August 30, 2012, by David Greenaway

The VC’s Life Cycle 2 Blog: Day 6 – Kilmarnock to Annan

I forgot to mention on yesterday’s blog that Chris R was first in to Dreghorn and won back the yellow jersey.

That may seem a minor detail. However Sergeant Major Jagger and Lord Neville de Wylie have been rooming together and it turns out that, rather than getting the rest they need, they have been deconstructing my blogs to find inaccuracies, typos and erreurs in my French.

And I am afraid they found an inaccuracy. Evidently on Day 4 I did not get the order of departure of the riders from Spean Bridge correct. Sorry about that.

I have absolutely no idea what the order of departure was this morning. (Nor am I prepared to speculate, for fear of incurring the opprobrium of my scrutineers). I know for certain I was last out, about an hour and a quarter after the others, to ensure the Day 5 blog was completed and despatched. Mike kindly stayed back so I was not riding alone.

Conditions were not as forecast. It was initially a bit drizzly, but the day was bright and, despite the headwinds, at times warm.

I found the first hour a bit of a struggle: I still had lead in my legs from yesterday and the terrain was undulating. So, when I stopped for fluids after an hour, I was surprised to find we had covered 15 miles.

That set the pattern for the day. Mike was a great pace maker and way finder, and we completed our 94 miles at an average speed of 15mph. For me, with 4,200 feet of climbing and much of the day into headwinds, it was a fast ride.

We followed an excellent route, through a highly underrated part of Scotland. Dumfries and Galloway does not attract the same attention as Argyll and Bute or the Highlands, but it is beautiful terrain: huge wide open landscapes and lovely villages. Our route took us straight through Galloway Forest Park.

We took a short break after 30 miles, in Dalmellington. The first place we spotted was a roadside snack bar, so we topped up on egg bap, tea, coffee and caramel wafer – all for the princely sum of £3. The snack bar is run by Bill and Sheena, who were great company. If you are in the area it is in the truckers’ car park behind the Jet Garage.

Unbeknown to Mike and I, Chris J, Gavin, Steve, Penelope, Kate and Karen were also in Dalmellington, in a café in the centre of the village. As we were now on different routines for stops, we pressed on but did see Steve at our next stop and the whole group at their final stop.

When we left the town we faced the first of two big climbs, then a glorious road over the high ground through Corsock followed by another climb to Crocketford. By this time we had put in 65 miles at pace and I now needed a meal rather than more snacks, so we stopped at The New Galloway Arms. Baked potatoes set us up nicely for the final 30 miles.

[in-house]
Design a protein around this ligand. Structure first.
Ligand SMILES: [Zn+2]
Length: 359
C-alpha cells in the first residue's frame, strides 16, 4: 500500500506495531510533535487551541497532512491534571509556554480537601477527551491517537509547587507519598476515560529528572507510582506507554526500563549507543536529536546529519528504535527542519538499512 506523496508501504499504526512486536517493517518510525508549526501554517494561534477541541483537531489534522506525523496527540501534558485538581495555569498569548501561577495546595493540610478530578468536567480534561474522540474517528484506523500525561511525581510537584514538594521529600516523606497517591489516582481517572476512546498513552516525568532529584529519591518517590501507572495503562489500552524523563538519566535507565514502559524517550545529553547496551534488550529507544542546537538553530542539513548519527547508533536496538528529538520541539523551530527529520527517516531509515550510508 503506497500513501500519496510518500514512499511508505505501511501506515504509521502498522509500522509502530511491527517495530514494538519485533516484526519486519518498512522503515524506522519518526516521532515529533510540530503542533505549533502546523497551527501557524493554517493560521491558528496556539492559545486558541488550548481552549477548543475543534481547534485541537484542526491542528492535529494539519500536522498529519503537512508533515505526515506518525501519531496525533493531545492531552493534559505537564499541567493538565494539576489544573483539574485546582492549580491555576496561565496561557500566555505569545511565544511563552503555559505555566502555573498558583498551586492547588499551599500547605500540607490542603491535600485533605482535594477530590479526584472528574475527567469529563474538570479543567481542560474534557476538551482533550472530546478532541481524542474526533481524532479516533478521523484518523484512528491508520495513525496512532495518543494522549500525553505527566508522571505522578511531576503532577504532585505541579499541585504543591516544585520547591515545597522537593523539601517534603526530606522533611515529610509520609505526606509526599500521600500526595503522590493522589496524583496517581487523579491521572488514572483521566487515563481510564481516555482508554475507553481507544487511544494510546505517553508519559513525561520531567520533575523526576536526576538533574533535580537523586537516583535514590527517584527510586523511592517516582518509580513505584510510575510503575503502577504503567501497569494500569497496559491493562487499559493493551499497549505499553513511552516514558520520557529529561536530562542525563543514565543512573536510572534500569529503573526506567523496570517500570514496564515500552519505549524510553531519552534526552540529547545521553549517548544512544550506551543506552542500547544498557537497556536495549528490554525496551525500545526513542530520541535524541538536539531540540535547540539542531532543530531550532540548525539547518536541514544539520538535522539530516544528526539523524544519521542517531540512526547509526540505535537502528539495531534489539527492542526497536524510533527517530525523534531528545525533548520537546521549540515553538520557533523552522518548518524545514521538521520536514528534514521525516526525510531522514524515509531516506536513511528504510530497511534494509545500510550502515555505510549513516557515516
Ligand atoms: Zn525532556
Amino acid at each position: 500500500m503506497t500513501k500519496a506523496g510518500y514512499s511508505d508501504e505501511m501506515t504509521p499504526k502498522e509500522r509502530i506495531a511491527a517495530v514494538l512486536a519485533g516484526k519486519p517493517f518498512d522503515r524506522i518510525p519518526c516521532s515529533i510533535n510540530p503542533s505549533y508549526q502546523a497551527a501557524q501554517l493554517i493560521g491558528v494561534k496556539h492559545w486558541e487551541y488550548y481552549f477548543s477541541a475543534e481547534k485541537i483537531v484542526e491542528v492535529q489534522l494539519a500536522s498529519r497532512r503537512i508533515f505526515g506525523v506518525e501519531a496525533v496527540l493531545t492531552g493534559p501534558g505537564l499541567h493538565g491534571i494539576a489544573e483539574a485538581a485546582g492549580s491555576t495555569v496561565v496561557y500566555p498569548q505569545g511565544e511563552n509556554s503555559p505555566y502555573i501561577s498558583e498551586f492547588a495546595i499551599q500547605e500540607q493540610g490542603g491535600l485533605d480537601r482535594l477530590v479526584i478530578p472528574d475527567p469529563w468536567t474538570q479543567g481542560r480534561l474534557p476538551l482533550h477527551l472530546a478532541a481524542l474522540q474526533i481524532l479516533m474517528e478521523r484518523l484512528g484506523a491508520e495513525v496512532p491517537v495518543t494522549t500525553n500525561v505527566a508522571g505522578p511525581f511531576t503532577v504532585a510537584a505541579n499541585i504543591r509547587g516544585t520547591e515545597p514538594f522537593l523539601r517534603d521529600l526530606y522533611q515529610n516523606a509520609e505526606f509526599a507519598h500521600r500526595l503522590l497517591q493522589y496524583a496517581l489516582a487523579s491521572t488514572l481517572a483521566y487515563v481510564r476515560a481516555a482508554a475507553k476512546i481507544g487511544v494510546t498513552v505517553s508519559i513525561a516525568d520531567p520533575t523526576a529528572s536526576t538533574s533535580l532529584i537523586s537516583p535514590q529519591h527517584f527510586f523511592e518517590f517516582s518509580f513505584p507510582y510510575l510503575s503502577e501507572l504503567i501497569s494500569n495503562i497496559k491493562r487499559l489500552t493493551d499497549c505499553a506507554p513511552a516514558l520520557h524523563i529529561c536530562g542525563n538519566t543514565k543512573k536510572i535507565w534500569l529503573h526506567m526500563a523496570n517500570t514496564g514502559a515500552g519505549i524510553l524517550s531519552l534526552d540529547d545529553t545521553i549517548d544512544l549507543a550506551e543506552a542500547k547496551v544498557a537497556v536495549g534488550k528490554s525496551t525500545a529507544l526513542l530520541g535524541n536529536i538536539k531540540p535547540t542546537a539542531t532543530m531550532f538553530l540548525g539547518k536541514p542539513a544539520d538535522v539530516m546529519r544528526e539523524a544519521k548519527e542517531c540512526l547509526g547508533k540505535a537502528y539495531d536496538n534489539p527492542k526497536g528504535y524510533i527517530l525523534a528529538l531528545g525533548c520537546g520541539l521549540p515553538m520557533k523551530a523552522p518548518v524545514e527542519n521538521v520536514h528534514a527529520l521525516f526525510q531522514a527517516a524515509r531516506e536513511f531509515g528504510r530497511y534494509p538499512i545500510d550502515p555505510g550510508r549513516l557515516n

The last stretch took us into Dumfries, the ‘Queen of the South’ and home town of Robert Burns. From there we dipped down and skirted the Solway Firth through to Annan. The final 20 miles were pretty flat and with lovely views of the Lake District to the south. Despite the headwinds we belted through it.

Annan was our destination and the venue for our last night in Scotland. It is the first time I have been here, an attractive sandstone town with a fine high street. It will be a livelier place next weekend; Rangers are in town to play Annan Athletic.

No mishaps today, which as always is good news. But we finally have a puncture. Sebastian, who knows a thing or two about cycling found one on Chris J’s bike. So he gets the pink bell back, and because he tried to conceal his puncture, he keeps it for an extra day.

Accomplishment of the day: it would be easy to give it to Andy for another 100 miler, but back to back centuries is just showing off. Sorry Andy. Instead it goes to Penelope who has now cycled way more miles than she has ever done before, has just done three consecutive 90 mile days, and is still chirpy and cheerful.

Shock of the day: you have probably already spotted this one, Lord Neville sharing with someone from the Other Ranks. But that is what this Life Cycle does in breaking down social barriers.

Quote of the day: that one goes to Jenny, Steve’s partner who joined us in Annan, but can’t be repeated. So, we will have Team of the Day instead and that again goes to the Support Team, who scuttled around a more dispersed group than usual and never seemed to be far away.

Some readers have been asking about Chris J’s military background, which service, where he served and so on. Some riders have been speculating about whether secrecy implies Special Forces. I asked Gavin to do some research and find out. He has now come back to me to confirm details: Sergeant Major in the Beeston Home Guard, with active service in Chilwell, Bramcote and Wollaton, as well as further afield in Caunton. So there we are, another mystery cleared up.

This is our last night in Scotland. It seems no time at all since we arrived. We have now completed 461 miles and 25,000 feet of climbing. All of the riders are creaking in one way or another, but are in great spirits. They are an outstanding group of people to do this with.

Finally thank you all for the interest you have taken in this and for commenting on the blog. I appreciate it greatly and the riders take a lot of pleasure in reading your comments. For anyone who is interested, Andrew Burden’s films of the first couple of days are now up on YouTube.

The Nottingham Life Cycle 2 – Meet the Team

The Nottingham Life Cycle 2 – Day 1

Thank you also to everyone for your support, we have now passed £200,000 in funds raised, a fantastic effort.

So it is back in to England tomorrow and a slightly shorter day at just over 80 miles. The weather forecast is good.

Professor David Greenaway



Posted in Life Cycle 2